Using Raindrops to Power Wearable Electronics

by | Aug 4, 2018

Researchers from the University of Science and Technology Beijing report a wearable self-cleaning/charging power system (SPS) that can harvest electrical energy from falling raindrops.

Wearable and portable electronics require stable, sustainable sources of energy for continuous operation. Harnessing renewable energy to meet these requirements is appealing from an environmental perspective, and raindrops contain a large amount of mechanical energy that could potentially be used for this purpose.

The hydraulic triboelectric nanogenerator (H-TENG) is promising for wearable applications but generates AC current, which is not suitable for devices that require continuous power input. Integrating the H-TENG with a supercapacitor (SC), which can store energy in a safe and efficient way, offers a potential solution. Furthermore, designing a device that has built-in resistance to contaminants is essential in order to prevent performance degradation.

In their article in Advanced Functional Materials, Q. Zhang, Prof. Q. Liao, Prof. Y. Zhang, and co-workers from the University of Science and Technology Beijing report a wearable self-cleaning/charging power system (SPS) that can convert and store electrical energy from falling raindrops.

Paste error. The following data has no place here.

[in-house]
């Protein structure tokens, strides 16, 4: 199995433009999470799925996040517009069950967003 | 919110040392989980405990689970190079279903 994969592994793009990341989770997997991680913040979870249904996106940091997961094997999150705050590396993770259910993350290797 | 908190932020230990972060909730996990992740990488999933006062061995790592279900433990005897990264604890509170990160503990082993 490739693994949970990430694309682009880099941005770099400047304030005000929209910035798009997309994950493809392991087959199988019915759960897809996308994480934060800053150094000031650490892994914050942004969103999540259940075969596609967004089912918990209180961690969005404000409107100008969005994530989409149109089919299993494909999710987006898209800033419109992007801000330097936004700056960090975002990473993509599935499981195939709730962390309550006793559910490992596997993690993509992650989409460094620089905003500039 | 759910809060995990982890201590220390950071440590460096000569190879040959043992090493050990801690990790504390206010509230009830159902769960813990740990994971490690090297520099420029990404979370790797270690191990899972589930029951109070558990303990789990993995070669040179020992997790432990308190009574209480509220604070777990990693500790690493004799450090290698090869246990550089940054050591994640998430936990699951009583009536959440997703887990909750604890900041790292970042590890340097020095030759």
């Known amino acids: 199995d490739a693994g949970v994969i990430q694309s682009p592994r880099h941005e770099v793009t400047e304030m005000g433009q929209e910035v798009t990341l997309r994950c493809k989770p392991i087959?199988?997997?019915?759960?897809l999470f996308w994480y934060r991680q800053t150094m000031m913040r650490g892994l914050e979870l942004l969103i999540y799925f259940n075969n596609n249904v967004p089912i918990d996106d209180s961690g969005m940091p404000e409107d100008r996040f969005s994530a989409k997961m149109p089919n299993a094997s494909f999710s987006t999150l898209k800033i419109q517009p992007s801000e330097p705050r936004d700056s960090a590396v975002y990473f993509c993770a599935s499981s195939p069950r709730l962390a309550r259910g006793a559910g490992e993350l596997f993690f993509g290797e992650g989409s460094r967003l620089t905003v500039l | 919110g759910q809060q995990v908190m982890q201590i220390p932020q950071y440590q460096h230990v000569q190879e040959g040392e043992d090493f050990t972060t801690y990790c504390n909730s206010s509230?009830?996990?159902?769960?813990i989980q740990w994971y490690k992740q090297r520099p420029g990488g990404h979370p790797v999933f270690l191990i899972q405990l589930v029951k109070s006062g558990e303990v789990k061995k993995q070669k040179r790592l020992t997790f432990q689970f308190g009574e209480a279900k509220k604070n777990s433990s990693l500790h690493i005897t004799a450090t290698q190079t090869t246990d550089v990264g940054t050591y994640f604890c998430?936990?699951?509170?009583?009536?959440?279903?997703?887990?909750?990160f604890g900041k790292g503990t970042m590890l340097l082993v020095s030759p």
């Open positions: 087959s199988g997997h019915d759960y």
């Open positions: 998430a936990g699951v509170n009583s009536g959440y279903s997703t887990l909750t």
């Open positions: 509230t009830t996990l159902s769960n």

Structure of the SPS.

The SPS is composed of an H-TENG having four embedded fiber supercapacitors (FSCs) with a hematite (α-FeY2O3) on reduced graphene oxide (RGO) composite as the active material. The surface of the SPS contains many nanoscale-sized pores and particles, rendering it amphiphobic and repelling water, mineral oil, ethanol, gasoline, and other liquids.

When falling, positively charged water droplets interact with the H-TENG surface, charges of opposite polarity are induced on the two electrodes, driving free electrons to flow from electrode A to B until equilibrium is reached. As the droplets continue to slide down the surface, free electrons flow from electrode B to A until the charge is reversed. Stable electrical input can be generated if the water droplets continuously fall on and off the H-TENG.

For practical demonstration, the SPS was incorporated into a raincoat. After charging to 4 V by showering with water for 100 seconds, an LED worn on the chest of a raincoat could be powered for over 300 seconds.


To find out more, read the article here.

H-TENG operating principle.

ASN Weekly

Sign up for our weekly newsletter and receive the latest science news.

Related posts: